Regards
Mal

Tim Worstall said...

"The fantasy here is that we can cope with living beyond our means at a national level through the profits generated by the City and by building up Britain's "knowledge economy". A £7bn trade deficit suggests we have some way to go; hardly surprising since the fastest growing job in the 1990s was hairdressing and the UK now has as big a slice of its population working as servants as it did in 1860. "

Slightly odd. Here's the Beeb's take on the trade figures:

"The shortfall in goods and services trade declined to £3.5bn from £4.2bn in April, according to provisional data.

That gave the UK its smallest trade gap since October 2005, largely because of an improvement in the goods deficit, which shrank to £6.3bn from £6.9bn.

Surplus on trade in services was £2.8bn, the same as in April."

You do need to look at the surplus (or deficit) on goods and services, not just goods. I agree that it still doesn't balance but you can see hat we are indeed exporting more services than we import? And that this makes up for at least some of our goods imports?

Anonymous said...

"Invisible exports" are all the transactions that analysts can't find a name for. If its big enough, and has a name (eg ICI) it can be measured, and put on the shelf for display.

But governments are only good at spotting the big boys - like themselves. The little guys go on making a living, partly across the exchanges, without much notice, and mostly without names. If you're not visible from a Whitehall/Town Hall window, they can't see you!

Anonymous said...

I am the anonymous at 1:10.

Ive also read the books you mention, 'The Audit of War' & 'The Lost Victory'. Vein opening stuff indeed.

What we get from liberal/libertian economist types is is ideology rather than practicality.

Ive mentioned this before here I think but if one drives in France one notes that 60%+ of cars on the road are French. French drivers at some level opt for French cars. As for vehicles owned by the state I can safely say its all but 100%. Bin lorries, police cars, municipal trucks etc Ive never seen one that wasnt French built.

A libertarian type (hello Anticitizenone, Verity!) will now pop up and tell us that if it werent for subsidies French drivers would buy all sorts (but would they?) and the horrid French state is distorting the market. That 'really' the auto industry in the UK is just as healthy - and say it with a straight face.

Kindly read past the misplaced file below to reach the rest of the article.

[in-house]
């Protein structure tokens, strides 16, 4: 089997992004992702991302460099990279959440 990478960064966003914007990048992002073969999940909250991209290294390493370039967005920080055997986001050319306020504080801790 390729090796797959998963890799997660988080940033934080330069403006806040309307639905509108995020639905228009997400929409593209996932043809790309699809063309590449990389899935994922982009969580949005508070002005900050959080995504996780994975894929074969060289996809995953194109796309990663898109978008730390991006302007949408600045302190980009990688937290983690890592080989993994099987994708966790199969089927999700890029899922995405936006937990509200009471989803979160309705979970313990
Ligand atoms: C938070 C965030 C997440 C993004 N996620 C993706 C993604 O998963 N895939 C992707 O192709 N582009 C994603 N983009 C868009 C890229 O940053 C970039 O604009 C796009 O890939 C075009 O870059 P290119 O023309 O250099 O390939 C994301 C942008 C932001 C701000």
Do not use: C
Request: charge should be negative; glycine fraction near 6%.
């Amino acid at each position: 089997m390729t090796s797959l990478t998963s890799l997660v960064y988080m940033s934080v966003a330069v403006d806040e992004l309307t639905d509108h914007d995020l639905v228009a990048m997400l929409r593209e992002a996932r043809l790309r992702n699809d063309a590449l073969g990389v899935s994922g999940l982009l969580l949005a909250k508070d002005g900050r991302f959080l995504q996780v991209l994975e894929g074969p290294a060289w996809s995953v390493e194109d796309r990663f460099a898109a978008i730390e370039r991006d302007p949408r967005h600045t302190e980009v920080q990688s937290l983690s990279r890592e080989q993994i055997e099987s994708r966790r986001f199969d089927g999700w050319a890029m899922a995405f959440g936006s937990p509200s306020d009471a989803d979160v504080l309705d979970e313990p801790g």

Yet are French vehicles cruddy Lada style things that cant hold their own on the world stage? Apparently not.

UK politicians have been happy to tell us for years that it doesnt matter which firms actually make the cars. I actually heard a Tory years ago saying that most people thought Ford was British. Therefore it didnt matter if Rover was sold off. There you have it. Economic policy resting on the solid foundation of some peoples misinformed views on corporation ownership.

dearieme said...

But what has most conspicuously gone wrong isn't the Free Market Scetor of the economy, it's the Government sector. They quite deliberately buggered up the schools, for example. The NHS is a disgrace. And if you approve of government interference in business, you have to defend government-owned horror stories like the National Coal Board, or government-implemented and protected idiocies like British Leyland.

Martin said...

Dearieme,

O deary, deary me.

You pile half truth upon shibboleth like Pelion on Ossa.

"But what has most conspicuously gone wrong isn't the Free Market Scetor of the economy, it's the Government sector. They quite deliberately buggered up the schools, for example."

Hmm...why was that? Because the grammars got very much higher per head funding than the secondary moderns (Barnett, 'The Verdict of Peace'). If the secondary moderns had got equal funding they'd have been quite good.

The reasons the grammars got more money was that they were teaching clever boys how to be good chaps and to read Themistocles - while those same boys' German counterparts were being taught stuff which might have slightly more practical application than knowing your datives than your ablatives.

This psychosis was, of course, a consequence of the same early 19th century evangelical Anglicanism which also helped give us - free trade.

Now, of course you mention the National Coal Board and British Leyland. Laissez-faire economics, the delightful school of thought preached by Tim Worstall, the one that gave England the Poor Law (Ferguson, 'Empire'), doesn't really like the idea of labour being able to organise. I have a theory, one which I've never really put down on paper before, that the poor history of British industrial relations were nothing to do with Chartist, Socialist or Communist ideology but a direct consequence of laissez-faire instead - the enclosure of common pastures having turned them off the land, the proletariat ended up in the towns, dividing their labour like good wee children of Adam Smith. Along comes free trade, all of a sudden it's very important for us to give the Bujumbonians a helping hand, Richard Cobden feels very holy for a minute, the British market gets flooded with uncompetitively cheap goods and the British proletariat get stuffed. What they've been told is shown to have been a pack of lies. The elites enclosed the common pastures for their own enrichment; and their public school educated, Pliny-reading, Methodist chapel going sons were more interested in vague sh*t like 'peace' with other nations with whom we were at little risk of going to war than with the poor and wretched on their own doorsteps.